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A man walks past a No Entry traffic sign near the headquarters of China Evergrande Group in Shenzhen, on September 26, 2021. Photo: Reuters

Evergrande: defaulted developer gets delisting reminder as restructuring, probe on US$2 billion deposits leave investors in the dark

  • Hong Kong’s stock exchange issued resumption guidance, spelling requirements to end stock halt
  • Troubled developer pledges to unveil its debt reorganisation plan by next month, while a probe into lost US$2 billion deposits remains open-ended
China Evergrande, which defaulted on its dollar-denominated bonds in December, is getting an early stock delisting warning as the developer struggled to publish its audited accounts and report on a US$2 billion enforcement action by lenders.

The Hong Kong stock exchange on Tuesday issued a “resumption guidance” for the Shenzhen-based home builder to comply with its listing rules, according to a filing, as the stock remained suspended from trading since March 21.

Under its rules, the bourse operator may cancel the listing of any securities that have been suspended for 18 straight months. While China Evergrande’s limit will only expire on September 20 next year, the exchange said it has the right to impose a “shorter specific remedial period, where appropriate”.

“It brings out the message” about the delisting risk, said Sam Chi-yung, chief strategist at Patrons Securities in Hong Kong. “It is not easy to fulfil the requirements for resumption” given the complicated financial situation at the group, he added.


New Evergrande protests amid reports troubled Chinese property giant ordered to raze development

New Evergrande protests amid reports troubled Chinese property giant ordered to raze development

Evergrande failed to pay the interests on US$645 million and US$590 million of junk bonds in December, even after a grace period, triggering cross-default on its other borrowings. The firm has not published its accounts after the June 2021 interim report when it disclosed 1.97 trillion (US$294 billion) of total liabilities.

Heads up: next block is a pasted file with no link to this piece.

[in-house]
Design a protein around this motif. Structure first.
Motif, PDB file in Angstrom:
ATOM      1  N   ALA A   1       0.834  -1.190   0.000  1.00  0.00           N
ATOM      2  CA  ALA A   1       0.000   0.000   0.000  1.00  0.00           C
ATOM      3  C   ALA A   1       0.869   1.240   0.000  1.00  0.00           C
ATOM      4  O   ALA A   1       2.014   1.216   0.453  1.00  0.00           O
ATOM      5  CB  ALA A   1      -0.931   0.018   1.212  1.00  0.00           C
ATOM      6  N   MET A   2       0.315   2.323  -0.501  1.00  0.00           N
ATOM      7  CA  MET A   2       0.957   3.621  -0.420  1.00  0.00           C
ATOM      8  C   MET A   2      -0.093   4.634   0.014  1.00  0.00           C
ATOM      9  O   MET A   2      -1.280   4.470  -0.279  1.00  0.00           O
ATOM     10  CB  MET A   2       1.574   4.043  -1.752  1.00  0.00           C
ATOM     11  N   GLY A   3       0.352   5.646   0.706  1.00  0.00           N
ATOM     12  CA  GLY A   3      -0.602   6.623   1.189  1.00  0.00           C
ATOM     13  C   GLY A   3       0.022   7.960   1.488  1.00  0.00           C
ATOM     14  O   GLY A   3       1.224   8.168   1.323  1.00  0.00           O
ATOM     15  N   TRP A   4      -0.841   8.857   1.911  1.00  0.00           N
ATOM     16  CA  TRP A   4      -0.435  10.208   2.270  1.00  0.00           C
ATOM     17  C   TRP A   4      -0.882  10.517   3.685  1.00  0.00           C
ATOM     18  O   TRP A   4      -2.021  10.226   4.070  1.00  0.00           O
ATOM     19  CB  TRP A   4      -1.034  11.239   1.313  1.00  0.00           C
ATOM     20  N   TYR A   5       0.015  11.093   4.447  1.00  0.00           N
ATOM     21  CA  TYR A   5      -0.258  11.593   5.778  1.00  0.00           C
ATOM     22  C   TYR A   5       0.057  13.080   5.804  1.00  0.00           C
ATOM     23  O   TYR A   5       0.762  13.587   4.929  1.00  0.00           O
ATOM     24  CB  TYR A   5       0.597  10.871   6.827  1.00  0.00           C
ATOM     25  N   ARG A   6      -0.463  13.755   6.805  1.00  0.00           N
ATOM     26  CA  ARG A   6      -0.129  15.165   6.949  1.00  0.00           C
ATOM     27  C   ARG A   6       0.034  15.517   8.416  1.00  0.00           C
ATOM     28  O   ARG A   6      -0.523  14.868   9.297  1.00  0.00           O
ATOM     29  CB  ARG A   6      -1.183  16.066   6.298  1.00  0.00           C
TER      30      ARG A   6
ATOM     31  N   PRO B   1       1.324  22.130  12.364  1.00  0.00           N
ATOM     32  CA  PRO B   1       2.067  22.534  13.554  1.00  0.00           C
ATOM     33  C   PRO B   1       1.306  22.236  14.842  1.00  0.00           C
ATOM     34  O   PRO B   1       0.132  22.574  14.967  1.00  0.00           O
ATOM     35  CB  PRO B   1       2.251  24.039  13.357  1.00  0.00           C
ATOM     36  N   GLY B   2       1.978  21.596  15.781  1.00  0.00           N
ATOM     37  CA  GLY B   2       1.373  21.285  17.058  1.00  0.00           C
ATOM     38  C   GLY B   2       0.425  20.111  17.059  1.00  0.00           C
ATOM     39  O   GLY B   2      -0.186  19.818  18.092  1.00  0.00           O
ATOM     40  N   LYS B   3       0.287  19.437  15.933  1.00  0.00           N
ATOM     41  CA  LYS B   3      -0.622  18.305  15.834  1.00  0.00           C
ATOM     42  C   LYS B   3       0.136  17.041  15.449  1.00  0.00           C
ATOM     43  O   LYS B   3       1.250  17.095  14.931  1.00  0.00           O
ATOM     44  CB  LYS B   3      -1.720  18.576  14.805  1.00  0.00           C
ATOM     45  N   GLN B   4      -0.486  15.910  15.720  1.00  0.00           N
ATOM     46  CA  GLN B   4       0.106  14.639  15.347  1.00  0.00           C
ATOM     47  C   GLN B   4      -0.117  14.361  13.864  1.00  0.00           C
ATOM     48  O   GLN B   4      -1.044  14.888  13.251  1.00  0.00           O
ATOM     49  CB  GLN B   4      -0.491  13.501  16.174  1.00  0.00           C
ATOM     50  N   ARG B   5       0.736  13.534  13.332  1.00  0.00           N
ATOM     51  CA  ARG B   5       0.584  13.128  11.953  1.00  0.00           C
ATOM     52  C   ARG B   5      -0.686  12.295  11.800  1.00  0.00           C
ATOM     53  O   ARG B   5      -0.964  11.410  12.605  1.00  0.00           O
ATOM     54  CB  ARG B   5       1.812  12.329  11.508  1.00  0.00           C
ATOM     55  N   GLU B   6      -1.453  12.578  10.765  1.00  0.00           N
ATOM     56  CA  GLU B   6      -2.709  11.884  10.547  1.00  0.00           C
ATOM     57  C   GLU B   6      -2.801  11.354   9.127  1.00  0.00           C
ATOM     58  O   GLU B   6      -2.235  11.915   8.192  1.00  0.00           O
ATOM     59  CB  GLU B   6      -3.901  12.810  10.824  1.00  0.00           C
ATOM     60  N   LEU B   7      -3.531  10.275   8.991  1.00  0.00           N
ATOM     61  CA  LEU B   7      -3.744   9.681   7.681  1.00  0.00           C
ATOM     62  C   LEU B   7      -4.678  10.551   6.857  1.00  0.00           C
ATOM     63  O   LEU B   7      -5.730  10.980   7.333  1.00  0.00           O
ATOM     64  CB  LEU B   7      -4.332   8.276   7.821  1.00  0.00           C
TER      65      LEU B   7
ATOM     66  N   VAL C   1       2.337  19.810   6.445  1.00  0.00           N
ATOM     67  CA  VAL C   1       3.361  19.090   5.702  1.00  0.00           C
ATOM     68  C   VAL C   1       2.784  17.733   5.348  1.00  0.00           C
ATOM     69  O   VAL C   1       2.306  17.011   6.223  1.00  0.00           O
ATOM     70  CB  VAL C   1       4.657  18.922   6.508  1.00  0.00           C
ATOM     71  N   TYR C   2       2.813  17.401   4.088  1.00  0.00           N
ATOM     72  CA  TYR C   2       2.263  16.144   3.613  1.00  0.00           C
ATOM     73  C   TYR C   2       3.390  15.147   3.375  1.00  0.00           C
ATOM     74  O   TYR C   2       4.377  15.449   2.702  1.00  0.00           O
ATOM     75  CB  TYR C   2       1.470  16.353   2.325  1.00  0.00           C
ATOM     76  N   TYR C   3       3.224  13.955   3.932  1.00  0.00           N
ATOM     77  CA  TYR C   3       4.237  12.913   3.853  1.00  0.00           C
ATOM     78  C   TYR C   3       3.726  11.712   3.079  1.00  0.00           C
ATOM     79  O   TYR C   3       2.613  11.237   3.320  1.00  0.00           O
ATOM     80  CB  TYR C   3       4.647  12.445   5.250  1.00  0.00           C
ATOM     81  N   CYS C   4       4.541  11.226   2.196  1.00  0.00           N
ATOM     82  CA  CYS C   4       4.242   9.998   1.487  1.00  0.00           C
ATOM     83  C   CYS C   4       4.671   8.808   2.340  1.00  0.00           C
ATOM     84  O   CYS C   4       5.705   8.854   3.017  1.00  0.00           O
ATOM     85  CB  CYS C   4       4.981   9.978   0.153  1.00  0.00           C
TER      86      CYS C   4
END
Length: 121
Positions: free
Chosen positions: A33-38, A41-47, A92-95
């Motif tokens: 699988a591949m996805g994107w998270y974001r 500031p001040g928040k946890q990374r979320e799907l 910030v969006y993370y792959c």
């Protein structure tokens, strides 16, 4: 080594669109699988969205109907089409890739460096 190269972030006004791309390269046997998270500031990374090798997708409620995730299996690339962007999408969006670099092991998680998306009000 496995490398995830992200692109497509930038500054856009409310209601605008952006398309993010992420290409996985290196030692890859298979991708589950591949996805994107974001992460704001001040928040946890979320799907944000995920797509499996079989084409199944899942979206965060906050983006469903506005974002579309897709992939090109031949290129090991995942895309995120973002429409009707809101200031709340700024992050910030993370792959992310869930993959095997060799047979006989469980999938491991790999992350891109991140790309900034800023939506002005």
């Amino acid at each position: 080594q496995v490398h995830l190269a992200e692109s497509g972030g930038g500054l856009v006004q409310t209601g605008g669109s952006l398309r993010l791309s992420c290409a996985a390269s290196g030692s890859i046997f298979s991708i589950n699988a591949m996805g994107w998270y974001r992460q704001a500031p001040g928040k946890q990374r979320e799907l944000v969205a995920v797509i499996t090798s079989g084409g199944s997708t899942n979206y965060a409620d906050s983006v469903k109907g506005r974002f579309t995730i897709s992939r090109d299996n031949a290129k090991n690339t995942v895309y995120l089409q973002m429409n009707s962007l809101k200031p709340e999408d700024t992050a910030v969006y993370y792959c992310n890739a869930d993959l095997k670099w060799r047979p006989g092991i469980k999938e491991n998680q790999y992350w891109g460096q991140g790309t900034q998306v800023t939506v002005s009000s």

The cash crunch worsened in March when Evergrande said 13.4 billion yuan of deposits at its property management unit, pledged as security for third party pledge guarantees, had been seized by relevant banks. A committee has been formed to investigate the case, Evergrande said.

The accounts and the investigation outcome are among the remedies needed before the stock exchange would allow its stock to resume trading. The stock last traded at HK$1.65 on March 20, having lost 89 per cent or US$22.9 billion in market value over the preceding 12 months.

China Evergrande said in the Monday filing that the group expects to announce its preliminary restructuring plan before the end of July. An independent investigation into the pledge guarantee is being actively carried out, though it cannot provide a completion date.

“We’ve been pushing forward the work according to relevant requirements,” an Evergrande spokesperson said. The company has not been “lying flat” about its financial situation, the person added.

The stock exchange’s “resumption guidance” may serve as an explanation to protect shareholders, said Andy Lee, CEO of Centaline China. The chances of having the restructuring plan approved and stock trading resumed is still touch-and-go because of many ongoing investigations.

“I don’t think in the short-term, chances for resumption are high,” he added. “While the domestic environment has improved a little bit, its own problems remain to be [solved] in its restructuring plan.” Evergrande has also resumed construction and sales of housing projects in some mainland cities, Lee noted.

E-house China Research and Development Institute expects sales of new homes in 100 China cities to rebound by 21 per cent in June to 25.06 million square metres from a month earlier. That is still 41 per cent below the volume a year ago when the “three red lines” policy was hurting the industry and the pandemic ravaging the economy.